LinuxQuestions.org (/questions/)
-   Programming (http://www.linuxquestions.org/questions/programming-9/)
-   -   problem in understanding little endian/big endian machine program (http://www.linuxquestions.org/questions/programming-9/problem-in-understanding-little-endian-big-endian-machine-program-425370/)

 indian 03-16-2006 08:52 AM

problem in understanding little endian/big endian machine program

Hi, I saw a program in C which tells whether the machine is little endian or big endian but I amnot able to understand it.

Code:

```#define LITTLE_ENDIAN 0 #define BIG_ENDIAN    1 int machineEndianness() {   int i = 1;   char *p = (char *) &i;   if (p[0] == 1) // Lowest address contains the least significant byte       return LITTLE_ENDIAN;   else       return BIG_ENDIAN; }```
I am not able to understand the colored line. the code is here..

I also got one more code doing same thing which too Iam not able to understand.

Code:

```#include <stdio.h> main () {   union   {       char c[4];       int i;   } stuff;   stuff.i = 0;   stuff.c[0] = 1;   stuff.i <<= 8;   if (stuff.i) printf("little endian\n");   else printf("big endian\n"); }```
I will really appreciate if someone can explain me what is happening.

Regards

I'll try to explain the best I can:

On computers, integers are stored in (machine) words, units of four bytes.

Code:

```+--+--+--+--+ |b1|b2|b3|b4| +--+--+--+--+```
(where each byte is 8 bits).

On little-endian machines, the least significant bits (that is, the one that code for 1, 2, 4, 8, ...) are in b1, whereas on big-endian machines the least significant bits are in b4.

The code assumes that the address of i is the same as the address of b1. So if you interpret &b1 as a char pointer, you're going to see b1 instead of (b1,b2,b3,b4). So by looking at b1, the code can detect whether the machine is little or big endian, by seeing if b1 is zero or not.

 tuxombie 04-19-2006 11:47 AM

hi

yeah in big endian the bytes are ordered differently. i ll try speculating on the first code bit here.

int i = 1;
char *p = (char *) &i;
if (p[0] == 1) // Lowest address contains the least significant byte
return LITTLE_ENDIAN;
else
return BIG_ENDIAN;

here we have the integer 1. in binary,this would be 01.

the least significant digit is 1 here. in little endian computers, we would read this as our first char.

a[0]=1, a[1]=0.

in big endian computers we will have

a[0]=0, a[1]=1.

This was a very nice post. I should have looked up lq before tearing myself apart with this endianness problem a few weeks ago :). anyway, i am going to start a thread explaining my difficulties and how it has been overcome.

 dmail 04-19-2006 12:21 PM

You are correct in what you are saying but the following can be taken the wrong way.

Quote:
 ...here we have the integer 1. in binary,this would be 01. the least significant digit is 1 here. in little endian computers, we would read this as our first char. a[0]=1, a[1]=0. in big endian computers we will have a[0]=0, a[1]=1.
Just so this doesn't confuse anybody who could be mistaken as if each bit is a char. Your example of the binary number 01 and then using chars which are 0 and 1 could have been clearer using another number something like 256 etc as this exstends beyond the first byte.

In addittion you should point out that your ints are 16bit ints. :)

 MichaelZ 04-19-2006 01:27 PM

Hello,

Just a couple of documents that could be useful to better understand the little/big endian concept:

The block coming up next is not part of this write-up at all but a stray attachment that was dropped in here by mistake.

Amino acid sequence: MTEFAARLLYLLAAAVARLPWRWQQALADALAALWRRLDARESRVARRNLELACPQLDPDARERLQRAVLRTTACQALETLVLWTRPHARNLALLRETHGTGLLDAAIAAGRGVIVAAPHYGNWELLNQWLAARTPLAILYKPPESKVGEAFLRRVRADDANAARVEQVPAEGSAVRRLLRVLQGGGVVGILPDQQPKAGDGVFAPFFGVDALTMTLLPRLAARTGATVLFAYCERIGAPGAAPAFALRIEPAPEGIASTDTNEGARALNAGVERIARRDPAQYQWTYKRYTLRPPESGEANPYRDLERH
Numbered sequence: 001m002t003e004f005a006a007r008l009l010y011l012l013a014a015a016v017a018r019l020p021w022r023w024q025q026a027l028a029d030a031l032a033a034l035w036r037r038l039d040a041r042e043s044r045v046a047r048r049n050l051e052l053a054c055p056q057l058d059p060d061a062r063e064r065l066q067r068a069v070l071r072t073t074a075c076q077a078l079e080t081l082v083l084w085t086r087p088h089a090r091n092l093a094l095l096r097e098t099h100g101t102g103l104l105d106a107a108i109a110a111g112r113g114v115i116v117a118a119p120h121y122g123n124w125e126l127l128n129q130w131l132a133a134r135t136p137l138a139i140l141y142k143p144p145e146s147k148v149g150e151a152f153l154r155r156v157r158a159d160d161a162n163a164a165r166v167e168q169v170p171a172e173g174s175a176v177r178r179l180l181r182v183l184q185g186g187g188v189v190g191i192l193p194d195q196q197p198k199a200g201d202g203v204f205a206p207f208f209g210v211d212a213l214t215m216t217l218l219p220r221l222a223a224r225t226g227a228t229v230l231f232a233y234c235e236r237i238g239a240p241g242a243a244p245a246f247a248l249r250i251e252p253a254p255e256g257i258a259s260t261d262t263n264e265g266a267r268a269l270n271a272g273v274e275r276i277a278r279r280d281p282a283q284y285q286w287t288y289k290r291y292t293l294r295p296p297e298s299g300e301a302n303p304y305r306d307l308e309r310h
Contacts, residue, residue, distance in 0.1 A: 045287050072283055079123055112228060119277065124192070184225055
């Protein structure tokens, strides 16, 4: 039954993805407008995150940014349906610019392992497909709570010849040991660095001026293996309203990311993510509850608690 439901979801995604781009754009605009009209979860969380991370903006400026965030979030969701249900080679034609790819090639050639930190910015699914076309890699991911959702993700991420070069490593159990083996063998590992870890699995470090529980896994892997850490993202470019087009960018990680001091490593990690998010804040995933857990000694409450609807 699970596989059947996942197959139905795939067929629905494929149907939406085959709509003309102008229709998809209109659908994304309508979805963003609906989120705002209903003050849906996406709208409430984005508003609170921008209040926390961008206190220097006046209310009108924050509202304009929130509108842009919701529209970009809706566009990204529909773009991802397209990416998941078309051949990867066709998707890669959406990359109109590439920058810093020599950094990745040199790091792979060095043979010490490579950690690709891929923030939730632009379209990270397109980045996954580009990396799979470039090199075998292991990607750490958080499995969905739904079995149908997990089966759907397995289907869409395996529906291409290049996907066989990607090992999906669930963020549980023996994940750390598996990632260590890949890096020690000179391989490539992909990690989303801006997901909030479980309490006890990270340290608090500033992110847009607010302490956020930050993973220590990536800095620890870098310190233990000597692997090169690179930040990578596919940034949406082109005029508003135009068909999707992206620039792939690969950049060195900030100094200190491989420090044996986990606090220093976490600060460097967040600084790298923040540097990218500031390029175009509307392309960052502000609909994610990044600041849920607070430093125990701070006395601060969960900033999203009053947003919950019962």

http://en.wikipedia.org/wiki/Endianness
http://www.webopedia.com/TERM/b/big_endian.html
http://www.noveltheory.com/TechPapers/endian.asp

Best wishes,
Michael

 tuxombie 04-19-2006 02:42 PM

[QUOTE=dmail]You are correct in what you are saying but the following can be taken the wrong way.

Yeah I know, and I am not too familiar with it myself, which was why I said 'speculate'. But the idea is that.

Two weeks ago, I had to transfer a bunch of binary files from my office Desktop to the super-computer where I run simulations on flames. Unfortunately, I have been here only a few months, and there is very little documentation explaining this problem. It is mentioned, but in a very rudimentary way, but there is little that tells how to solve it.

Now, as these binary input files exist on an intel comp, where presumably simulations had been run before, they were in little endian form. It took me a while to even discover the problem.

I guess, modifying a bit of code is the way to go, so that the bytes can be swapped there, but I needed (and still need!) quick results. Furthermore, several of these compilers have this option to give it as an option in the compiler flags. But the stupid IBM mplxf95 compiler doesn't.

I resolved the problem with the intel ifort compilers, which have this option. I very strongly recommend it for anyone doing fortran stuff. But there are catches which depend on the system, such as defining the type; and it took me a while and some trial and error and reading the manpages to get this to work.

real*8:: time, time_save, tstep
real*8,dimension(1216,244,1,5) :: yspecies
real*8, dimension(1216,244,1) :: temp, pressure

The reals in IBM are real*8. Just real will not work. The reader is referred to the intel fortran man pages on the details of achieving the conversion. Anyway, the story is to read the data with a small code as little endian and write it as big endian.

 tuxombie 04-19-2006 02:50 PM

I may also add that the icc and ifort compilers install 'easily' only for the rpm linii. I have Debian in the office computer and it was very difficult to install it. The conversion was done in an Suse machine.

We can make it install on a debian machine, but it is slightly non-trivial. There are posts explaining this (I am too lazy to search at the moment and put the links here).

 All times are GMT -5. The time now is 03:33 PM.